Earlier we posted the end-of-session vote rankings for the ND House of Representatives for the 63rd Legislative Assembly. We learned that, even in this the more conservative of the two chambers, alignment of the purported Republican super majority with the conservative values the party supposedly cherishes is far from reality. This is not overly surprising given that many in office who call themselves Republicans do so only because they know they can’t win elections by running as members of the Democratic-NPL Party (where their ideologies and voting records in fact actually more closely align).
Enter the Senate, which is a very odd (for lack of a better term) assembly of politicians, and has been so for many years. Few bills entering this chamber (with the exception of maybe increased spending on higher education) ever has a certain outcome, as unpredictability is the only thing predictable about the actions of the Senate. Still, this chamber contains a super majority of Republicans, but based on their voting records this session it would appear as if liberal democrats were firmly in control of this body (and maybe that is because they just may be).
Similar to the House, we at SAB have had the opportunity to break down the voting records of the ND Senate based on “marker bills” selected at crossover (see the House post for explanation). The results are … well, pretty sad to say the least. As we mentioned previously, no method of vote analysis is perfect, but the marker bill one seeks to discover trends in ideology of each member as well as the chamber as a whole. The trend was a far cry from the conservative values supposedly upheld by the party in decisive control of the Senate.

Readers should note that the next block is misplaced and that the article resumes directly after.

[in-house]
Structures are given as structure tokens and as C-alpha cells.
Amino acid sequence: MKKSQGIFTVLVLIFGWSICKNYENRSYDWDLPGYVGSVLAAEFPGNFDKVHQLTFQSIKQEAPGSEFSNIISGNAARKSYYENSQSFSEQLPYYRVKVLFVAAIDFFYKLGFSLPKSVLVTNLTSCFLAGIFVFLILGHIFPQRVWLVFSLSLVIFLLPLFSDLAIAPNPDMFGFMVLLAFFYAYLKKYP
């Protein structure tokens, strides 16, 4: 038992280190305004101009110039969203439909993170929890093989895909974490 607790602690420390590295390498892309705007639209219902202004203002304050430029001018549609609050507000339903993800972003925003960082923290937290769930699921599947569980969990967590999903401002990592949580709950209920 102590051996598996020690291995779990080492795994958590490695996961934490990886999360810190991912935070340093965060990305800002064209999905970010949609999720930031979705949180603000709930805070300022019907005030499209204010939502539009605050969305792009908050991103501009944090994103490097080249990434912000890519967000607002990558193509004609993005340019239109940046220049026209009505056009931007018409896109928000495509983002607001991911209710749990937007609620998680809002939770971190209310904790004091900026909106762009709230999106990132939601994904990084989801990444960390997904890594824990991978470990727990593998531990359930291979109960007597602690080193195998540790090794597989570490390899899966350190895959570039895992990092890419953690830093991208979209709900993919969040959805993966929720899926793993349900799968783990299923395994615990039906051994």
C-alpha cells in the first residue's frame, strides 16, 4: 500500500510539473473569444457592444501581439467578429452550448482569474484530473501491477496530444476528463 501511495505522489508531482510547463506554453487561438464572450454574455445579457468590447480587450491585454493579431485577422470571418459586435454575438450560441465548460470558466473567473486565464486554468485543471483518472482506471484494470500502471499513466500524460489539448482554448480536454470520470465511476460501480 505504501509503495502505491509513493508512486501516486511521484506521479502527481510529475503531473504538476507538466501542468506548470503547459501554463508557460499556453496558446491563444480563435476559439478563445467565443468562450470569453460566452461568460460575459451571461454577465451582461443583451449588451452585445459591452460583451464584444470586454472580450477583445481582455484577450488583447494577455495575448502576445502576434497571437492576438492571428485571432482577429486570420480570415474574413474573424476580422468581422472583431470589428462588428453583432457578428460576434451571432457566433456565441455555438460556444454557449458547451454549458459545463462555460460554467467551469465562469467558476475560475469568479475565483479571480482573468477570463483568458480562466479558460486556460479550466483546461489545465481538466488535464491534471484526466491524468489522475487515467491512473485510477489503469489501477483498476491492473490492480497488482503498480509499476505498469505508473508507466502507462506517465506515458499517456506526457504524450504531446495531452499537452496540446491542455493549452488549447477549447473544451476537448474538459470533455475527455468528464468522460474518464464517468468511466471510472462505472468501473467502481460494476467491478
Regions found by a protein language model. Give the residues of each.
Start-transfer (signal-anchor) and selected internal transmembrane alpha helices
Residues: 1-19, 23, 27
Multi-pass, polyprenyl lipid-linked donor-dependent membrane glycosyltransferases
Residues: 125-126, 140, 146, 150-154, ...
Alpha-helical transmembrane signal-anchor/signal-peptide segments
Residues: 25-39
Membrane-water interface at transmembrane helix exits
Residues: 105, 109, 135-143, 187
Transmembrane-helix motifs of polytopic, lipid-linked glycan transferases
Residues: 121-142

Overall the scores, even among the “top tier” Republicans, were not that high. Not surprisingly, several NDGOP members ranked below many Democrats. But, in what can be called nothing else but outright embarrassing, one NDGOP member ranked at the absolute rock bottom of the list for all intents and purposes, below all Republicans AND all but one Democrat. Senator Judy Lee of Fargo managed to stay out of the cellar by 0.19% over Senator Phillip Murphy, and most likely because she was absent for more marker bill votes than he was. Either way, it is nothing to be proud of, but not surprising from this NDGOP Senator.
Here is how the rankings broke down from most conservative to least:
Both voting records cap off what has been one of the most disappointing legislative sessions in recent history. Ultimately, responsibility lies with the electorate for sending these representatives to Bismarck from their districts in the first place. But, when so many legislators run as Republicans to get elected but then govern like Democrats; and with too few truly conservative people running for office to begin with (probably because they are too busy generating the prosperity needed to feed the voracious appetite of state government), that electorate isn’t given many good choices to work with.